The exclusive nature of the Oslo Accords may have had long-term deleterious effects on the development of a robust civil society in the Palestinian territories. This is one of the key insights in Manal A. Jamal’s “Democracy Promotion, Civil Society Building, and the Primacy of Politics,” in Comparative Political Studies. She claims that post-conflict civil society may be most effective when negotiated settlements are inclusive and enjoy broad societal supported. In a study that compares the effect of donor assistance on civil society development in the Palestinian territories and El Salvador between 1992-2001, Jamal finds compelling evidence that the exclusive nature of the PLO-negotiated Oslo Accords, in conjunction with limited societal support, stymied the development of horizontal linkages across civil society organizations in the Palestinian territories. El Salvador’s “negotiated revolution”, by contrast, enjoyed high levels of popular support and relative inclusivity, contributing to a robust cross-cutting civil society which ultimately “entailed the institutionalization of productive patterns of engagement with local government.” These divergent outcomes, she argues, have had significant effects on levels of social capital needed for democratization.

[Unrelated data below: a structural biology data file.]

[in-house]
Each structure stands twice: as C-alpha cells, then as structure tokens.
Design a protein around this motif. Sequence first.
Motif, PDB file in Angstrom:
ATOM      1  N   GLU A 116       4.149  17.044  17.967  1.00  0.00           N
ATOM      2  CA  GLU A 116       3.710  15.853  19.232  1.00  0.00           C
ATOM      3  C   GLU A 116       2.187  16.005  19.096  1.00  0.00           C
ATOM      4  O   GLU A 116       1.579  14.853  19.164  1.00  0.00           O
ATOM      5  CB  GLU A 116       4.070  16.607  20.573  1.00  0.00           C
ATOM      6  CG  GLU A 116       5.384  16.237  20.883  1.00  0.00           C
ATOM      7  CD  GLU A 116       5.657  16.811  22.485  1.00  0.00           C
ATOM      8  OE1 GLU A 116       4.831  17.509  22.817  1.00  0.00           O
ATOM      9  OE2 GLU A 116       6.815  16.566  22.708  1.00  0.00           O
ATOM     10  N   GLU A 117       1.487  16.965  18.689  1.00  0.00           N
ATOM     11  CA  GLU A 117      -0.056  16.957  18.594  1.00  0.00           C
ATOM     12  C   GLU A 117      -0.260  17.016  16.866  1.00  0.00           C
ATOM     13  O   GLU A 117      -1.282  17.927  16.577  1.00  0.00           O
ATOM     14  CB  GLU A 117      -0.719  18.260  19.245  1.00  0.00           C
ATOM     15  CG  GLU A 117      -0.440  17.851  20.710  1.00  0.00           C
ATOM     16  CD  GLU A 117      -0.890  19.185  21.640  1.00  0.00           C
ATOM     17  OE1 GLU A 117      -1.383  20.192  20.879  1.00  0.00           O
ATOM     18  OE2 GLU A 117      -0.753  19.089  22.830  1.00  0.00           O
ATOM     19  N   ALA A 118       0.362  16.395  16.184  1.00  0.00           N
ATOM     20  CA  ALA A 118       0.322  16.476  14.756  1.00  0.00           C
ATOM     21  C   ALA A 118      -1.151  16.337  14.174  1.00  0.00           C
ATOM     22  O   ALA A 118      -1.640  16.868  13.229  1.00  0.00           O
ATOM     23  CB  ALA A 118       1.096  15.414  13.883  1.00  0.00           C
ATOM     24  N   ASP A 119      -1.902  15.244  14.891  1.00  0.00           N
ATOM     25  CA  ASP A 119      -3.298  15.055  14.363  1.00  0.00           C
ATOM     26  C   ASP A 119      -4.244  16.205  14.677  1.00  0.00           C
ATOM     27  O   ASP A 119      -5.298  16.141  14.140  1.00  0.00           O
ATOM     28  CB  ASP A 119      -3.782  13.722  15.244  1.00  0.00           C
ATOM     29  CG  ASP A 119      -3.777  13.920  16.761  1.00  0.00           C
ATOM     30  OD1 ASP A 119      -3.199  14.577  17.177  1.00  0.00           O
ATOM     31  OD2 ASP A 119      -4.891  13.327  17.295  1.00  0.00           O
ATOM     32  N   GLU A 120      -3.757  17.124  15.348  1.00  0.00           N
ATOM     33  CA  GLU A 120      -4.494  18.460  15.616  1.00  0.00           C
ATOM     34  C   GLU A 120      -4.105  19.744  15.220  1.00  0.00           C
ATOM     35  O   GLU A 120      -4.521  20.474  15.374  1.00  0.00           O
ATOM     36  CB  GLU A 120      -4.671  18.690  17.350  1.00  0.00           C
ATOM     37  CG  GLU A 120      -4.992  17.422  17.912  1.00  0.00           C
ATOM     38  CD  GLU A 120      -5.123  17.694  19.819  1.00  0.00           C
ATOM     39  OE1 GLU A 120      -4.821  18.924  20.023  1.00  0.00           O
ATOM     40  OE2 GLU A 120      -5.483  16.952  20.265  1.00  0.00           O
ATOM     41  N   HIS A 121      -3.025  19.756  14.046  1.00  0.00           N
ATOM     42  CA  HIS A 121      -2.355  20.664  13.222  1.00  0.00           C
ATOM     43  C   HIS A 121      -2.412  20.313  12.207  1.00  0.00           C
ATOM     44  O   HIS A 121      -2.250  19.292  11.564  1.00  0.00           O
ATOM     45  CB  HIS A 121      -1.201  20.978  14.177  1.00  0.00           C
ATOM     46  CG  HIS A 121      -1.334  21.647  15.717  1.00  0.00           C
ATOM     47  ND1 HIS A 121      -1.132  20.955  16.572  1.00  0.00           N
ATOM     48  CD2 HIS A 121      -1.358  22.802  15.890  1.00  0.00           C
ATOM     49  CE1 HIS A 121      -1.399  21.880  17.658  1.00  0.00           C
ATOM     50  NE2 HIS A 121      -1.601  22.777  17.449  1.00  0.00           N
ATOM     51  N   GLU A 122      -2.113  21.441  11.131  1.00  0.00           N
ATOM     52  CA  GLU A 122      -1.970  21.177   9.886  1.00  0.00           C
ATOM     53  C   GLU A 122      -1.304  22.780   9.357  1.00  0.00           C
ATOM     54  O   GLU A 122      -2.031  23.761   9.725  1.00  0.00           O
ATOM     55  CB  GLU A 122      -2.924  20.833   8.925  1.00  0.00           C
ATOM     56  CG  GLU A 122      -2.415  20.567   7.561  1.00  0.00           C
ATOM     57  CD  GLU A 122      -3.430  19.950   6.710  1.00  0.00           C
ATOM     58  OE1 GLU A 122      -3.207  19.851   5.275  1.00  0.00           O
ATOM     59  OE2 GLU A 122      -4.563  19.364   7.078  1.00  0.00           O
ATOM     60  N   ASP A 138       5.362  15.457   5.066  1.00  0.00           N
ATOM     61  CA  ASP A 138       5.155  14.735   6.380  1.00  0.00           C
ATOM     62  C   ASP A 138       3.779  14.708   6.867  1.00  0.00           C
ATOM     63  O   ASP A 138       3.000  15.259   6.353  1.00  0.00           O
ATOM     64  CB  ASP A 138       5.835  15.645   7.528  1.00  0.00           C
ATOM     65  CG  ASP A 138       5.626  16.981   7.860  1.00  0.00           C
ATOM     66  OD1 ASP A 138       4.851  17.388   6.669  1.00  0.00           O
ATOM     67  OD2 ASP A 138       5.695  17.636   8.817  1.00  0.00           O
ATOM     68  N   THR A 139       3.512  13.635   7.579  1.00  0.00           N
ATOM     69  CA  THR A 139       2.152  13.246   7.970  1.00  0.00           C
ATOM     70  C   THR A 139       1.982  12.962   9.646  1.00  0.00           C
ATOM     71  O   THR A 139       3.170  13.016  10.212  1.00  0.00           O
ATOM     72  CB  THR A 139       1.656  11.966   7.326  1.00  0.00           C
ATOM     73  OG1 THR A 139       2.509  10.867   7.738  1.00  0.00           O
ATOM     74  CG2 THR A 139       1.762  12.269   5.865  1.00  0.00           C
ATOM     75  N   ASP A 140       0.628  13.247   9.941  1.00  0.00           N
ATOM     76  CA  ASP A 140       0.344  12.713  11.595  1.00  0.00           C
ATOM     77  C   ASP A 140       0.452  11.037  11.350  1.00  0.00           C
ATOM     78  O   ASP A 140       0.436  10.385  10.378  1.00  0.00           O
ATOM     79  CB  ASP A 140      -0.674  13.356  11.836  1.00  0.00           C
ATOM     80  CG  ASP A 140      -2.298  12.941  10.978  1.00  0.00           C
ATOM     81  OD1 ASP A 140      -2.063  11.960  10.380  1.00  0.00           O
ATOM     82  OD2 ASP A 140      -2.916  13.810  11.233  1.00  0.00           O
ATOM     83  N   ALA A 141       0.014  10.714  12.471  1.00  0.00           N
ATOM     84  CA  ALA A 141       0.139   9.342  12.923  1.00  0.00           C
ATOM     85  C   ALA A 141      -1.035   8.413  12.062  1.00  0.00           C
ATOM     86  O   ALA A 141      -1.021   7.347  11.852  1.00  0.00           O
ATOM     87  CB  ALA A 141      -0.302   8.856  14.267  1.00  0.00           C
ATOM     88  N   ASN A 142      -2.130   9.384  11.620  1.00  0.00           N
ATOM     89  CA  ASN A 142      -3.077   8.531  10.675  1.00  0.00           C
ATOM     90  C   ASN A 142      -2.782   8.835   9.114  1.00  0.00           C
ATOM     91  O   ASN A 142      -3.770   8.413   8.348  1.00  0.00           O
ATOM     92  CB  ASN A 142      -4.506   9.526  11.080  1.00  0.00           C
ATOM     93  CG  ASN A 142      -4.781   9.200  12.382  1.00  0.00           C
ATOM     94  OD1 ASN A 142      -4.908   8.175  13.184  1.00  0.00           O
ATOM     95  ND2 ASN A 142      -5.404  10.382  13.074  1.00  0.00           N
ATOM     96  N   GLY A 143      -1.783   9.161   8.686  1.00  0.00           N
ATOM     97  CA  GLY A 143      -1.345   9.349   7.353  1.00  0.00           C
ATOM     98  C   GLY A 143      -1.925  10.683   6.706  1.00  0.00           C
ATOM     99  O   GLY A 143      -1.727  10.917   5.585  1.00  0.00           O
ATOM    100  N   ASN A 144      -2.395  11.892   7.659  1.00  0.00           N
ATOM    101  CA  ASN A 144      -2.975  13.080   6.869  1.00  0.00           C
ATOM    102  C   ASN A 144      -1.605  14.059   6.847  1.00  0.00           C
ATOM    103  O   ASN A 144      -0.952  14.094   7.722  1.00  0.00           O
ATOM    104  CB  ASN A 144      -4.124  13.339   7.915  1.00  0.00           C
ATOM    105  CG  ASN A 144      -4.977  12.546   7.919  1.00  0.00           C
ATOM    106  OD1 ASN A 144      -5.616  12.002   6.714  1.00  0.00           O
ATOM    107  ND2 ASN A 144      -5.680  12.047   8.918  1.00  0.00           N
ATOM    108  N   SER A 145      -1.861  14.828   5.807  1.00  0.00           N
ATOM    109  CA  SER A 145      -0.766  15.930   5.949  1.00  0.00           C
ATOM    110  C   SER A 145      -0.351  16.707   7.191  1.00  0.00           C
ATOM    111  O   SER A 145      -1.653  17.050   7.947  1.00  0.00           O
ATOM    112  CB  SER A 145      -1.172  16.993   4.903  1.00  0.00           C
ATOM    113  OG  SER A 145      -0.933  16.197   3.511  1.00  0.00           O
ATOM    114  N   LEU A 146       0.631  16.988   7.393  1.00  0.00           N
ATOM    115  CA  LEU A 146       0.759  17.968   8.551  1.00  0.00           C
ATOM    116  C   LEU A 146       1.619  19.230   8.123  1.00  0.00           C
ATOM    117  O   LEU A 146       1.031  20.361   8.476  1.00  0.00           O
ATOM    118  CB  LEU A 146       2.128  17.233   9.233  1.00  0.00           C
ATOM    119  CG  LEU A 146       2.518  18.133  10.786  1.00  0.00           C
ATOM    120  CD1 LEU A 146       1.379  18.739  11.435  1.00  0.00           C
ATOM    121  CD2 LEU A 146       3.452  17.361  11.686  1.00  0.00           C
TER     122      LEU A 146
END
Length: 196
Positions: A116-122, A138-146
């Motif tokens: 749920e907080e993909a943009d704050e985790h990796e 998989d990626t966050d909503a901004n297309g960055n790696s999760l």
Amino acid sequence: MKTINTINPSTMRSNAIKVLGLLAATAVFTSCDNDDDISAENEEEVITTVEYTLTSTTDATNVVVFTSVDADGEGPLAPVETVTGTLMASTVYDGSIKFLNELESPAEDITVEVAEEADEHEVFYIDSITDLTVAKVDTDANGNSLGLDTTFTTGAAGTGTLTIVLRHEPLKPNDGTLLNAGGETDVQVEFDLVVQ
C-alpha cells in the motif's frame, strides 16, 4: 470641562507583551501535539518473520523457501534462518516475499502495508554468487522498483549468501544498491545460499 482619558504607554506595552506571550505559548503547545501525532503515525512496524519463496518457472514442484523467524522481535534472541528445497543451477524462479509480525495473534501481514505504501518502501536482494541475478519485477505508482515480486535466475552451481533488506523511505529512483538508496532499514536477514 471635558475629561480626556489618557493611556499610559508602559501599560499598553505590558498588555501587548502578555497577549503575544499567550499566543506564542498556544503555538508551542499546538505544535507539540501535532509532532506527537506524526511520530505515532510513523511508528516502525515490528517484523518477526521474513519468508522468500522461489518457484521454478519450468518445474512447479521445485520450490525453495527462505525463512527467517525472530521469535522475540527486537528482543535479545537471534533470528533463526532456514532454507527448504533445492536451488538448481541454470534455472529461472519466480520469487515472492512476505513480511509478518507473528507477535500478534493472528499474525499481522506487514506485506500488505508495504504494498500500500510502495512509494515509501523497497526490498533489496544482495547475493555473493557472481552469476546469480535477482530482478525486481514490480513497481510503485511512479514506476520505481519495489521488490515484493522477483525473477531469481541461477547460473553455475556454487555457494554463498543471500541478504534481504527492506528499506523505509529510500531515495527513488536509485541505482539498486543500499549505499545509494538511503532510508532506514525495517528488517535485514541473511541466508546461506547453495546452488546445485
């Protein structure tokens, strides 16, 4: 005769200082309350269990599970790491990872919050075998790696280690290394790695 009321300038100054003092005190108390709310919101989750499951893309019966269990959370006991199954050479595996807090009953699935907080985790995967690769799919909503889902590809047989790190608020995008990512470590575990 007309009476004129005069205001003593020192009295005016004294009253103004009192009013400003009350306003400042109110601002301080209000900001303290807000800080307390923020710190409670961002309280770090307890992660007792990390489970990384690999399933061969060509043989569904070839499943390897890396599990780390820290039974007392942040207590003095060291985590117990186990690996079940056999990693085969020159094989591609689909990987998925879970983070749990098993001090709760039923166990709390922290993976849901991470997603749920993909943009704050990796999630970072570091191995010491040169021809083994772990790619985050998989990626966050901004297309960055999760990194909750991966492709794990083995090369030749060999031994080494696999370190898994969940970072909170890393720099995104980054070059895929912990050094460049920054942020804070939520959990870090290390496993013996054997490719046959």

Jamal’s article builds on a strong tradition that deems political settlements to be central in shaping subsequent civil society developments. She contributes to this literature by specifically addressing Western donor civil society building and broader efforts at democracy promotion. In exclusive peace settlements with limited public support “Western donor assistance will minimize cooperation, exacerbate political polarization, and weaken civil society by promoting favored groups over others” while inclusive agreements lead to a more cooperative and vigorous civil society. One of the more compelling aspects of Jamal’s article is the lens through which she analyzes civil society development in the two cases. She uses the transformation of the women’s sector as a proxy for civil society development and democracy promotion, assessing variation in Western aid and the development of the women’s sector in the Palestinians territories and El Salvador. She finds that Western aid of women’s groups in the Palestinian territories was implicitly and explicitly discriminatory in the post-Oslo era, transforming collective struggles into individual cases, and promoting organizations and individuals that buttressed ideas and norms associated with the peace process. This led to a fragmented civil society and entrenched clientelistic networks. The inclusive nature of the political settlement in El Salvador, on the other hand, meant that Western donor programs supported women’s groups engaged in economic development and ultimately encouraged “the institutionalization of regular patterns of interaction with local government.” Jamal’s study is an important cross-regional contribution to literature on the politics of aid and post-conflict development of civil society.